The second star isn't needed
The second star IS actually needed, otherwise a pattern like test1234 would fail
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How can I tell whether a variable contains a valid number?
First, you have to define what you mean by "number". The most common case when people ask this seems to be "a non-negative integer, with no leading + sign". Or in other words, a string of all digits. Other times, people want to validate a floating-point input, with optional sign and optional decimal point.
If you're validating a simple "string of digits", you can do it with a glob:
# Bash if [[ $foo = *[^0-9]* ]]; then echo "'$foo' has a non-digit somewhere in it" else echo "'$foo' is strictly numeric" fi
The same thing can be done in Korn and POSIX shells as well, using case:
# ksh, POSIX case "$foo" in *[!0-9]*) echo "'$foo' has a non-digit somewhere in it" ;; *) echo "'$foo' is strictly numeric" ;; esac
If you need to allow a leading negative sign, or if want a valid floating-point number or something else more complex, then there are a few possible ways. Standard globs aren't expressive enough to do this, but we can use extended globs:
# Bash -- extended globs must be enabled. # Check whether the variable is all digits. shopt -s extglob [[ $var == +([0-9]) ]]
A more complex case:
# Bash shopt -s extglob [[ $foo = *[0-9]* && $foo = ?([+-])*([0-9])?(.*([0-9])) ]] && echo "foo is a floating-point number"
The leading test of $foo is to ensure that it contains at least one digit. The extended glob, by itself, would match the empty string, or a lone + or -, which may not be desirable behavior.
Korn shell has extended globs enabled by default, but lacks [[, so we must use case to do the glob-matching:
# Korn case $foo in *[0-9]*) case $foo in ?([+-])*([0-9])?(.*([0-9]))) echo "foo is a number";; esac;; esac
Note that this uses the same extended glob as the Bash example before it; the third closing parenthesis at the end of it is actually part of the case syntax.
If your definition of "a valid number" is even more complex, or if you need a solution that works in legacy Bourne shells, you might prefer to use an external tool's regular expression syntax. Here is a portable version, using egrep:
# Bourne if test "$foo" && echo "$foo" | egrep '^[-+]?[0-9]*(\.[0-9]*)?$' >/dev/null then echo "'$foo' might be a number" else echo "'$foo' might not be a number" fi
(Like the extended globs, this extended regular expression will match a lone + or -. The initial test command only requires a non-empty string. Closing the last "bug" is left as an exercise for the reader, mostly because GreyCat is too damned lazy to learn expr(1).)
Bash version 3 and above have regular expression support in the [[ command. Due to bugs and changes in the implementation of the =~ feature throughout bash 3.x, we do not recommend using it, but people do it anyway, so we have to maintain this example (and keep restoring this warning, too, when people delete it):
# Bash # Put the RE in a var for backward compatibility with versions <3.2 regexp='^[-+]?[0-9]*(\.[0-9]*)?$' if [[ $foo = *[0-9]* && $foo =~ $var ]]; then echo "'$foo' looks rather like a number" else echo "'$foo' doesn't look particularly numeric to me" fi
Using the parsing done by [ and printf
# fails with ksh if [ "$foo" -eq "$foo" ] 2>/dev/null;then echo "$foo is an integer" fi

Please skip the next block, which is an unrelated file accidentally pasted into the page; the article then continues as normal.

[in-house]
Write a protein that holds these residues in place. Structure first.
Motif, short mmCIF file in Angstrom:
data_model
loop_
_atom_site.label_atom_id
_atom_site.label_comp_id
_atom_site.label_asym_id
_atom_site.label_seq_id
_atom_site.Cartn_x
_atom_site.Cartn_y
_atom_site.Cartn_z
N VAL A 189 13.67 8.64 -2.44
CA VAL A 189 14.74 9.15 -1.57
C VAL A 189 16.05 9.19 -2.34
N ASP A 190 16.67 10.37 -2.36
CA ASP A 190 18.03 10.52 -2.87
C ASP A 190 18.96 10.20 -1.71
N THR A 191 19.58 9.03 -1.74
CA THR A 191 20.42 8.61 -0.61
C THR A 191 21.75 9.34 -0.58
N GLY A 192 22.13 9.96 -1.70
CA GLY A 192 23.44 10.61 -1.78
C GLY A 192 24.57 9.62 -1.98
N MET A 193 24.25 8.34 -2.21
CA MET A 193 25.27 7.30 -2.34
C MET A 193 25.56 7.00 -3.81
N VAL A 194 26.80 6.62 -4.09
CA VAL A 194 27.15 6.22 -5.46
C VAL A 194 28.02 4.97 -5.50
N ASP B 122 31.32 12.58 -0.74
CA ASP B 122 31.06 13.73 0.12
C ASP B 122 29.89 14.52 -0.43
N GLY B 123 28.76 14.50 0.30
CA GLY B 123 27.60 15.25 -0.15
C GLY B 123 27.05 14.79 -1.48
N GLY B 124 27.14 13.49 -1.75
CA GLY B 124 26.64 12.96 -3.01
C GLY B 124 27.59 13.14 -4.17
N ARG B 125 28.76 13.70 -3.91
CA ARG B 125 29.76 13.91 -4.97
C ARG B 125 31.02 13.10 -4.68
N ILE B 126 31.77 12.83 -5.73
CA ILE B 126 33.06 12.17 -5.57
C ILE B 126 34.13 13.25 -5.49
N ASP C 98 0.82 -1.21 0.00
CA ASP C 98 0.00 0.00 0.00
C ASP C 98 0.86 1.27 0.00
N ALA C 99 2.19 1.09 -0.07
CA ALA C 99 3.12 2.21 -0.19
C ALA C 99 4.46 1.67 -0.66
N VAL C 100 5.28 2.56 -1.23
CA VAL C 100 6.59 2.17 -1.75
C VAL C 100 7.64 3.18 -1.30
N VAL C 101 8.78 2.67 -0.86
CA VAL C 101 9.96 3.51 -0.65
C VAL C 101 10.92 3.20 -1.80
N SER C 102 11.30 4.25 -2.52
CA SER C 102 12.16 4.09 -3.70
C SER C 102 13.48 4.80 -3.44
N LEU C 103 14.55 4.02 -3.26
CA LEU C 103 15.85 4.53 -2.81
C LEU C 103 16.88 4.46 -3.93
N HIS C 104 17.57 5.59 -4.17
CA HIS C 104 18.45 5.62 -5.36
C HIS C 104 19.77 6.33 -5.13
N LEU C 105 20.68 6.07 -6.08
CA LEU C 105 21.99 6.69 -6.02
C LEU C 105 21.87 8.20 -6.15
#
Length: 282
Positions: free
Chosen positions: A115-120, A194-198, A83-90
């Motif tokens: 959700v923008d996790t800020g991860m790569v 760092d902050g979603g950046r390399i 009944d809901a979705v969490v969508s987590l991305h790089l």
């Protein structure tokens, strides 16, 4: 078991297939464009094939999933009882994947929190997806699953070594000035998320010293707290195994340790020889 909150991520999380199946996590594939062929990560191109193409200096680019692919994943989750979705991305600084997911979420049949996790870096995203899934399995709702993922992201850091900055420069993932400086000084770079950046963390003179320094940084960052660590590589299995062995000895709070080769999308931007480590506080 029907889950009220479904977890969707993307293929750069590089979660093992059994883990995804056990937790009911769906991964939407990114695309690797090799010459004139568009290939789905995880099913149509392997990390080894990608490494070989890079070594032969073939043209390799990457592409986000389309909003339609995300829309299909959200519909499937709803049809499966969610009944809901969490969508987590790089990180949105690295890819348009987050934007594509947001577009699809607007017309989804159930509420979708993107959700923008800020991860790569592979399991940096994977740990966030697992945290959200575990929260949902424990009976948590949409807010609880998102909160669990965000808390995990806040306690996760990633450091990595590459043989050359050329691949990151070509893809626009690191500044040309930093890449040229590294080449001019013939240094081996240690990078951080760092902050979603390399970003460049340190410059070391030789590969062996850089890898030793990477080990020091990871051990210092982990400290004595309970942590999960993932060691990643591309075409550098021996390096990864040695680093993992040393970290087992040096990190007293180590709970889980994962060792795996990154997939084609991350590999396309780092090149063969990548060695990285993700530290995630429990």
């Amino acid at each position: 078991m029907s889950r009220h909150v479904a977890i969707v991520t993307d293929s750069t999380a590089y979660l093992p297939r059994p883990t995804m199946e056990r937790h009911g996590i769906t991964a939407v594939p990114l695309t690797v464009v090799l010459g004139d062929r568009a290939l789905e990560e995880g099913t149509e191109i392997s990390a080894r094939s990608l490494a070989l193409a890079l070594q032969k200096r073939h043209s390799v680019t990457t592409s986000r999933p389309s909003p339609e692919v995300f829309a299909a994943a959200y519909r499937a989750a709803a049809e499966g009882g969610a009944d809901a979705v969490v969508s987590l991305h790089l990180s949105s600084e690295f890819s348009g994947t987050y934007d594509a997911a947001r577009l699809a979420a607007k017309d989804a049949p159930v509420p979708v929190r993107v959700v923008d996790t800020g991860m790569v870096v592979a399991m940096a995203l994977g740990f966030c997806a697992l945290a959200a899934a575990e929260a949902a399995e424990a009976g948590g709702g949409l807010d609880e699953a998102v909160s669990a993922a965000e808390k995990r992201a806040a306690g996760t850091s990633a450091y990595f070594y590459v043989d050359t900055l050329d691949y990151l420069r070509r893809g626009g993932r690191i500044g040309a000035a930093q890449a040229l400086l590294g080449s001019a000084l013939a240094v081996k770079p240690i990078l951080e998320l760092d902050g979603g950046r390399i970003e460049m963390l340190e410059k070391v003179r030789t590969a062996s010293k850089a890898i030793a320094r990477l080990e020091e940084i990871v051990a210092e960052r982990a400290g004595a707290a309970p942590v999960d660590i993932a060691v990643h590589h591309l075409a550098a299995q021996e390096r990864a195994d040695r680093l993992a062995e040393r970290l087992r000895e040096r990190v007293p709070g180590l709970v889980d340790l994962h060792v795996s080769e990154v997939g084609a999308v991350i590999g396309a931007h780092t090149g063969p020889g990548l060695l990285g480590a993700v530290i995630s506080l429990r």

[ parses the variable and interprets it as in integer because of the -eq. If the parsing succeds the test is trivially true; if it fails [ prints an error message that 2>/dev/null hides and sets a status different from 0. However this method fails if the shell is ksh, because ksh evaluates the variable as an arithmetic expression.
You can use a similar trick with printf:
# POSIX if printf "%f" "$foo" >/dev/null 2>&1; then echo "$foo is a float" fi
You can use %d to parse an integer. Take care that the parsing might be (is supposed to be?) locale-dependent.
Using the integer type
If you just want to guarantee ahead of time that a variable contains an integer, without actually checking, you can give the variable the "integer" attribute.
# Bash declare -i foo foo=-10+1; echo "$foo" # prints -9 foo="hello"; echo "$foo" # the value of the variable "hello" is evaluated; if unset, foo is 0 foo="Some random string" # results in an error.
Any value assigned to a variable with the integer attribute set is evaluated as an arithmetic expression just like inside $(( )). Bash will raise an error if you try to assign an invalid arithmetic expression.
In Bash and ksh93, if a variable which has been declared integer is used in a read command, the user's input is treated as an arithmetic expression, as with assignment. In particular, if the user types an identifier, the variable will be set to the value of the variable with that name, and read will give no other indication of a problem.
# Bash (and ksh93, if you replace declare with typeset) $ declare -i foo $ read foo hello $ echo $foo # prints 0; 'hello' is unset, so is treated as 0 for arithmetic purposes $ hello=5 $ read foo # user types hello again hello $ echo $foo # prints 5, the value of 'hello' as an arithmetic expression
Pretty useless if you want to read only integers.
In the older Korn shell (ksh88), if a variable is declared integer and used in a read command, and the user types an invalid integer, the shell complains, the read command returns an error status, and the value of the variable is unchanged.
# ksh88 $ typeset -i foo $ foo=42 $ read foo hello ksh: hello: bad number $ echo $? 1 $ echo $foo 42